Monday, January 17, 2022

Episode of The Simpsons Mocking Chinese Communist Party Missing From Disney+ in Hong Kong

In the latest censorship move designed to appease the ruling Chinese Communist Party (CCP), Disney removed an episode of its hit TV show The Simpsons owing to content that it apprehended may annoy the CCP.

The episode was meant to show in Hong Kong on Disney+. The 16th season first broadcast in 2005 excluded the 12th episode when broadcasted on Disney+ in Hong Kong.

The missing 12th episode

In episode 12 of the renowned cartoon entitled “Goo Goo Gai Pan,” the family travels to China because Marge Simpson’s sister, Selma, wants to adopt a baby. At one point, the Simpsons stopped by Beijing’s Tiananmen Square, where the Chinese Communist Party violently cracked down on pro-democracy protesters in 1989.

In a close-up shot, a sign can be seen saying: “On this site, in 1989, nothing happened,” ridiculing China’s efforts to hide the truth of what transpired that day. Later, Selma is depicted standing in front of a tank, a nod to the famous “Tank Man” photo from the Tiananmen protests.

The withdrawn 12th episode of The Simpsons has many other scenes that would make the CCP angry if it was aired. The family sees the mummified remains of Mao Zedong and there is a reference to the leader describing him as a killer. The reference is about the famine that hit the country in 1959. The episode also makes references to religious oppression in Tibet.

The removal of the episode of The Simpsons was noticed by the fans of the series and soon it became a hot topic on most social media platforms. It is not known whether Disney+ deleted the episode of its own volition, was ordered by Chinese authorities to remove it, or whether the episode was even originally available in Hong Kong.

Selma of The Simpsons is depicted standing in front of a tank, a nod to the famous 'Tank Man' photo from the Tiananmen protests.
Selma is depicted standing in front of a tank, a nod to the famous ‘Tank Man’ photo from the Tiananmen protests. (Image: via Fox)

Disney’s long history of kowtowing to the CCP

Disney has a long history of censoring its films to remain in the CCP’s good graces.

Disney’s original animated Mulan (1998) was an outstanding success, inspired by the story of a young woman in imperial China who took her injured father’s place in the army. Hua Mulan’s story is often seen as a culturally immersive tale meant to engage and delight — but for the 2020 live-action production, the charm ends at the credits.

At the very end of the film credits in the 2020 live-action production of Mulan, Disney thanks eight government entities in Xinjiang, the far western Chinese region home to 12 million Uyghur Muslims. The named parties include the security bureau in Turpan, eastern Xinjiang, and the “Publicity Department of CPC (Communist Party of China) Xinjiang Uyghur Autonomous Region Committee.”

Consensus has grown around Xinjiang officials authorizing human rights abuses widely called genocide against the Uyghur population. Locations used for Mulan’s shooting are believed to host modern-day concentration camps.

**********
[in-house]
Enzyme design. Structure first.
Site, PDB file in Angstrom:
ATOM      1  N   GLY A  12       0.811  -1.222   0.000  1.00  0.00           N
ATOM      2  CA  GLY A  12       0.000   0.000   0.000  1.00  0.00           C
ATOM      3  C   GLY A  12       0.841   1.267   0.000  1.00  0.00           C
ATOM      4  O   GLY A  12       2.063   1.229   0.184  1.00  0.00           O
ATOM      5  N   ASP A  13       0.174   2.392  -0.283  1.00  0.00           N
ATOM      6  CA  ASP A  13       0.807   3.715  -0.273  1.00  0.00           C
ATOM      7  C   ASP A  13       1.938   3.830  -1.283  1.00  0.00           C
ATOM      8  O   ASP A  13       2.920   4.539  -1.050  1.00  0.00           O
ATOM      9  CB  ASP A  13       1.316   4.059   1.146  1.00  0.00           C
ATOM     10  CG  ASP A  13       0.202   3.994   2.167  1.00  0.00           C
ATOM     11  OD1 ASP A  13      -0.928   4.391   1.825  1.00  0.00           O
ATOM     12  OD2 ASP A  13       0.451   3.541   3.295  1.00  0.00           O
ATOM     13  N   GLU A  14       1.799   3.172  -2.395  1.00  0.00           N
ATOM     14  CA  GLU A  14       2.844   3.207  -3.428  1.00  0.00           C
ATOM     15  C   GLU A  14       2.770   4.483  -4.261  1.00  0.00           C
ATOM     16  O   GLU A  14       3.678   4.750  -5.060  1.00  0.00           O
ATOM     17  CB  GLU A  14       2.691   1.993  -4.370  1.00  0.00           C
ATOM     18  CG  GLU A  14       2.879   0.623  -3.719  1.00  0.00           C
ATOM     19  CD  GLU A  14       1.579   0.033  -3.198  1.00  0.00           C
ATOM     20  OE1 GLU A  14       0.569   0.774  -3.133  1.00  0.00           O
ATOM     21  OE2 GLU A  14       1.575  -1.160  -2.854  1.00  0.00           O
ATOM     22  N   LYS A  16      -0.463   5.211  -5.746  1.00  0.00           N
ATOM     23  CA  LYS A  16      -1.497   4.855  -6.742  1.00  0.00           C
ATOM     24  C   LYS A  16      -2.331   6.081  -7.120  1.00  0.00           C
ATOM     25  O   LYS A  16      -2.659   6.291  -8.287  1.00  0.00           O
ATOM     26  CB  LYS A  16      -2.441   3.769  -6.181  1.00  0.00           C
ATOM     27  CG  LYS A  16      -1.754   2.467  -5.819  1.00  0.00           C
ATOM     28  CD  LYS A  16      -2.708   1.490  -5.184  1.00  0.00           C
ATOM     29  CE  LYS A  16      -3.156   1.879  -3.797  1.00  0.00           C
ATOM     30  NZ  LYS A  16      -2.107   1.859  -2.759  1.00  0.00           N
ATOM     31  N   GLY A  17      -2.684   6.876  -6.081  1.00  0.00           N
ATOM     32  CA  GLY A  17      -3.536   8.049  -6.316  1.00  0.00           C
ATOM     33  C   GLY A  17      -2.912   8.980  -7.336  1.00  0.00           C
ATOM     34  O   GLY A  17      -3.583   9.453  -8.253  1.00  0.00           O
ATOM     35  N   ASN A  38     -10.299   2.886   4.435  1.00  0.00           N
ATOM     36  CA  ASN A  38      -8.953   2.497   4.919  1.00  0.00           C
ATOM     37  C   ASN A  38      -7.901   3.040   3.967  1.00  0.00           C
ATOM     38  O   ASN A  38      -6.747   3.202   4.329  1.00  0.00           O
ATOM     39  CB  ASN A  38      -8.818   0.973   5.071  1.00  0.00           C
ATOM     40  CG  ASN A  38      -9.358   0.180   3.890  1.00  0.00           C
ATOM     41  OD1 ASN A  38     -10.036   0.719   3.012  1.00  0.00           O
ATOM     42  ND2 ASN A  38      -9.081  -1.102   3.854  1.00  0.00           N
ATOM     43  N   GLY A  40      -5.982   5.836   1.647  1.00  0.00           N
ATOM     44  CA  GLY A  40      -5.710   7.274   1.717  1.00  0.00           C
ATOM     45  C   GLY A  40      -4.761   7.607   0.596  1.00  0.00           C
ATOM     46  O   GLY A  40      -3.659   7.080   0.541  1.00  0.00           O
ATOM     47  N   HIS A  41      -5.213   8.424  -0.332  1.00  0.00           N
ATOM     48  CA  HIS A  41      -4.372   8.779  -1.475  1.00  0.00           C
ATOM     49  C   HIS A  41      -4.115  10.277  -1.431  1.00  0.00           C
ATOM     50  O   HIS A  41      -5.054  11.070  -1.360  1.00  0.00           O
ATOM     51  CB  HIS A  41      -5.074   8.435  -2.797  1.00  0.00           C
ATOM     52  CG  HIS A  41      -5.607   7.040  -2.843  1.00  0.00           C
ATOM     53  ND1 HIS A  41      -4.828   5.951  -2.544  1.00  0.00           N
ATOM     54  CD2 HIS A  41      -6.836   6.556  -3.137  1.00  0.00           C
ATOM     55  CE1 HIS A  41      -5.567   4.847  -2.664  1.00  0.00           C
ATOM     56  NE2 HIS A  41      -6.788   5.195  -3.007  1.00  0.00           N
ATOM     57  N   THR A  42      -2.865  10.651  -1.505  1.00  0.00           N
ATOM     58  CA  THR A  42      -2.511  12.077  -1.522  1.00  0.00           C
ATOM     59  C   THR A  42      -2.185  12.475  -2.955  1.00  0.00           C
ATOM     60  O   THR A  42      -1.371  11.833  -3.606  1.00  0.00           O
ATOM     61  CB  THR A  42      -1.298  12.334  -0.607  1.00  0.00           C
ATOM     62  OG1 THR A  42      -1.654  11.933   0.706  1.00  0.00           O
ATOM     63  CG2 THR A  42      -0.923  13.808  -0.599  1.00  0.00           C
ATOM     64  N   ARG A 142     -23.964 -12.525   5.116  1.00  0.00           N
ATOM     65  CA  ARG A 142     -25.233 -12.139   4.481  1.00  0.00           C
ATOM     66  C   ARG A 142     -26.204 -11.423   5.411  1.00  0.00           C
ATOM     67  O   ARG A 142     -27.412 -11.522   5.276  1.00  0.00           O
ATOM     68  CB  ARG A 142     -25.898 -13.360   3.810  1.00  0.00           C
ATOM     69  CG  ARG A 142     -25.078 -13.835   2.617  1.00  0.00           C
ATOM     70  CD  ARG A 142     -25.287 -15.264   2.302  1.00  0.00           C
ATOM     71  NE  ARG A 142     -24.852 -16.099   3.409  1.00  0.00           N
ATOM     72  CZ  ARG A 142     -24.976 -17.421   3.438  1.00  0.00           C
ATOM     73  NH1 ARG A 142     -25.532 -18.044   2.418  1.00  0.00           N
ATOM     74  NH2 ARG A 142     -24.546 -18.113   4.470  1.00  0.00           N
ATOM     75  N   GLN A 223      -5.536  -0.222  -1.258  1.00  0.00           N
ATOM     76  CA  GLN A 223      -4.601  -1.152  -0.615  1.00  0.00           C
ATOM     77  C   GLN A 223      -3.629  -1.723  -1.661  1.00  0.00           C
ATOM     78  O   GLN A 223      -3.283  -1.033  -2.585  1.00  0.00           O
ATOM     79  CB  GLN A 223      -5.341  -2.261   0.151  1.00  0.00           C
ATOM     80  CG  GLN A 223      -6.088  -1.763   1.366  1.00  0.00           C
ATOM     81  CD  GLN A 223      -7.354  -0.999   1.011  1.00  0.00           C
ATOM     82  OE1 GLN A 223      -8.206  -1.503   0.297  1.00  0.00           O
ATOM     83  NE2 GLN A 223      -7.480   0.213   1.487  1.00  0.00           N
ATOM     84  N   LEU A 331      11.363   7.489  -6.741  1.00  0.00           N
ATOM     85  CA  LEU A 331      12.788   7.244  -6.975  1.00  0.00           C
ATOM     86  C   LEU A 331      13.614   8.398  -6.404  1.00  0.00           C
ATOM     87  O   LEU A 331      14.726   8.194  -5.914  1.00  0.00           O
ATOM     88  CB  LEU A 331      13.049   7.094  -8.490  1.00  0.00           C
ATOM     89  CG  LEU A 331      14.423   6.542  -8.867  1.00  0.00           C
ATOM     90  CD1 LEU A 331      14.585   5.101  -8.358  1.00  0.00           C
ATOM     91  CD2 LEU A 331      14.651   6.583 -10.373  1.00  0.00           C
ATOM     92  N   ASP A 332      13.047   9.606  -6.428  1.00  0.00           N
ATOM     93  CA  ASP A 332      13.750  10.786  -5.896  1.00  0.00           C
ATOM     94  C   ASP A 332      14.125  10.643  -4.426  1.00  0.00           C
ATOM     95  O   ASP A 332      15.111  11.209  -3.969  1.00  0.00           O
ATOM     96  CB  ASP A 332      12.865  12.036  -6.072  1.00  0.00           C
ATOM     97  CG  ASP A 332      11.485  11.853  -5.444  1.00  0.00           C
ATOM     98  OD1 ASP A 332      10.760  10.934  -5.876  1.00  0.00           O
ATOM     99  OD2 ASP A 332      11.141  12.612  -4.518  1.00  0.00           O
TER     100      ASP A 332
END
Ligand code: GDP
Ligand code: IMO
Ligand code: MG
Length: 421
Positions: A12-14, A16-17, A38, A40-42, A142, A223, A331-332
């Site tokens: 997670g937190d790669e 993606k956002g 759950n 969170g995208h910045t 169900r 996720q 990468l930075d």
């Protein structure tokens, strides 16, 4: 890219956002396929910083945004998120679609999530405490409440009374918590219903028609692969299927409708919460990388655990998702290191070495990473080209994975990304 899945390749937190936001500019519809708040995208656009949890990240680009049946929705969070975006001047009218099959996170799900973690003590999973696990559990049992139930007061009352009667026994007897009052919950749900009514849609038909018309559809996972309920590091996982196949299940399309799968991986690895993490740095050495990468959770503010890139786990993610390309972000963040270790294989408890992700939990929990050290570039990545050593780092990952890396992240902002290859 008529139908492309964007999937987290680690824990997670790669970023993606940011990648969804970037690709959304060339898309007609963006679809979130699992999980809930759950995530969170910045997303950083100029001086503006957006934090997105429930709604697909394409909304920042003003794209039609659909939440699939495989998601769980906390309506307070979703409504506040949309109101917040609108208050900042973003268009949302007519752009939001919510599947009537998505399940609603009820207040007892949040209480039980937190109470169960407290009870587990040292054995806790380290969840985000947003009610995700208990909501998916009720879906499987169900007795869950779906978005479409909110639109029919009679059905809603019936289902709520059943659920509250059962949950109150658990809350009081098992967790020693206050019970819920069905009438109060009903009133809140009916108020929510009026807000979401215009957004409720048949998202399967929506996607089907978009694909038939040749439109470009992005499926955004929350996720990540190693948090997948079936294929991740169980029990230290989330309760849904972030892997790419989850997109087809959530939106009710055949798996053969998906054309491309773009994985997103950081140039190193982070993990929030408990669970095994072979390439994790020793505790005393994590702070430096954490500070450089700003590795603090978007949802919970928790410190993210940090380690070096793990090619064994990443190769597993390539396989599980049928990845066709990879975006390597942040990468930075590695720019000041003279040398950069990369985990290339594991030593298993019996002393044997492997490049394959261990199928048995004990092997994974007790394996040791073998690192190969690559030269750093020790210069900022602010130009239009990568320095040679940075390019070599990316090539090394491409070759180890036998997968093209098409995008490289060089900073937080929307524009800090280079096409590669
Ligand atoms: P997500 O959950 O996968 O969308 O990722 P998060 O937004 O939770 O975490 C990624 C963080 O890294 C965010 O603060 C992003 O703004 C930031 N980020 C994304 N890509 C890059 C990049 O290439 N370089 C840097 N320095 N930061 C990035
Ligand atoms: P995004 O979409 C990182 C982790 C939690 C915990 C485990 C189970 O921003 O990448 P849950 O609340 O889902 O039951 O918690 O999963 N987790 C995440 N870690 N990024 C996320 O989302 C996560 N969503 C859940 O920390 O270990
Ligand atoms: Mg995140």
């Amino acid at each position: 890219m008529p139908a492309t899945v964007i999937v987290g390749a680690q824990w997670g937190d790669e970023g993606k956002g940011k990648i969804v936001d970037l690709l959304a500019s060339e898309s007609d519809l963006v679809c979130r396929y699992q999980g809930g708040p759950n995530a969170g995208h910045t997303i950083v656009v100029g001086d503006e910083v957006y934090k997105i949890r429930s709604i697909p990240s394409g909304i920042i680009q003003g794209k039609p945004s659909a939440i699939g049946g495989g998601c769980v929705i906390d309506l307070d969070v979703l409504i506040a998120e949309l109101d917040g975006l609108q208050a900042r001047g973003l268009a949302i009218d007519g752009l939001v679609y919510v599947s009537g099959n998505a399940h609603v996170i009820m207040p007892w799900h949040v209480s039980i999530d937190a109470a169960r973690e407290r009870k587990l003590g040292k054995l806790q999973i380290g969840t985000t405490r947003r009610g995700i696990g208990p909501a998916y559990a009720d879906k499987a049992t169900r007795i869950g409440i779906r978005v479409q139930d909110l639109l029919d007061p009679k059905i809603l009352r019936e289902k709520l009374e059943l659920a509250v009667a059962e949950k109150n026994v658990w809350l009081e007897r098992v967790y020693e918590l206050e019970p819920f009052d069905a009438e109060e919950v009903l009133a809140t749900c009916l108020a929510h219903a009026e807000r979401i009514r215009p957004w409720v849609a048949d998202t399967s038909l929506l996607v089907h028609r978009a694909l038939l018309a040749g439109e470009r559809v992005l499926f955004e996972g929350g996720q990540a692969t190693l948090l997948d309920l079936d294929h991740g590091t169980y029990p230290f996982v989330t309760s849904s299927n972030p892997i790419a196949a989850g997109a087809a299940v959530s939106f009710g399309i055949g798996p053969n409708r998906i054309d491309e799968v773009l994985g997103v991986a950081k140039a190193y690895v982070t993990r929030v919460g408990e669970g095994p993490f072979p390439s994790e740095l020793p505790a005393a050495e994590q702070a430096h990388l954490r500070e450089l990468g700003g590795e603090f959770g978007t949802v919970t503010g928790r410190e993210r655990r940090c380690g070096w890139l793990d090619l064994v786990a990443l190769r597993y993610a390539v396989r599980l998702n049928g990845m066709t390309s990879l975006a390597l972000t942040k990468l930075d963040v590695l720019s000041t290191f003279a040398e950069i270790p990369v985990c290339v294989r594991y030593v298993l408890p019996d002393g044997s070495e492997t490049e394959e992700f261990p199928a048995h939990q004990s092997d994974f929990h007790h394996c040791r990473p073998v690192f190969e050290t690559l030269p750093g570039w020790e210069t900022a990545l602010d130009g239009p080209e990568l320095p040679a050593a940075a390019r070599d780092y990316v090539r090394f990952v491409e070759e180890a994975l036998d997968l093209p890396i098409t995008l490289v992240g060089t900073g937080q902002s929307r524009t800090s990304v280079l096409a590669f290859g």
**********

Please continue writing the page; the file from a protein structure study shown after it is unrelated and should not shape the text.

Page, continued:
Mulan
At the very end of the film credits in the 2020 live-action production of Mulan, Disney thanks eight government entities in Xinjiang, the far western Chinese region home to 12 million Uyghur Muslims. (Image: via Disney)

In 1996, the company was blocked from the Chinese film market after it produced Kundun, which displays the Chinese oppression of the Tibetan people. In 1998, then Disney CEO Michael Eisner apologized for the movie, calling it “a form of insult to our friends.”

The studio even went so far as to hire legendary Secretary of State Henry Kissinger to help manage the fallout. The movie continues to be stigmatized today and is not available on Disney+.

Seeking a heavy hand in the portrayal of Chinese culture and continuing to punish the studio for Kundun, the CCP forced Disney to jump through hoops to stream the original 1998 Mulan to public Chinese audiences.

The release of the 1998 Mulan was only allowed after Disney bought the foreign distribution rights to two Chinese films, hired a Chinese performance group for Mulan’s European release, and offered the idea of opening a theme park in China (now Shanghai’s Disneyland).

The Disney+ platform started its journey in Hong Kong a few weeks ago and it’s obvious the company has once again decided to play it safe by kowtowing to CCP demands by censoring its content.

Follow us on Twitter, Facebook, or Pinterest

Armin Auctor
Armin Auctor is an author who has been writing for more than a decade, with his main focus on Lifestyle, personal development, and ethical subjects like the persecution of minorities in China and human rights.
441FansLike
8,759FollowersFollow
2,310FollowersFollow

Subscribe to our newsletter

Latest

Horse Continues to Follow Her Master’s Route

It is not common to find a horse walking the same route her master use to ride. However, for...

More Articles Like This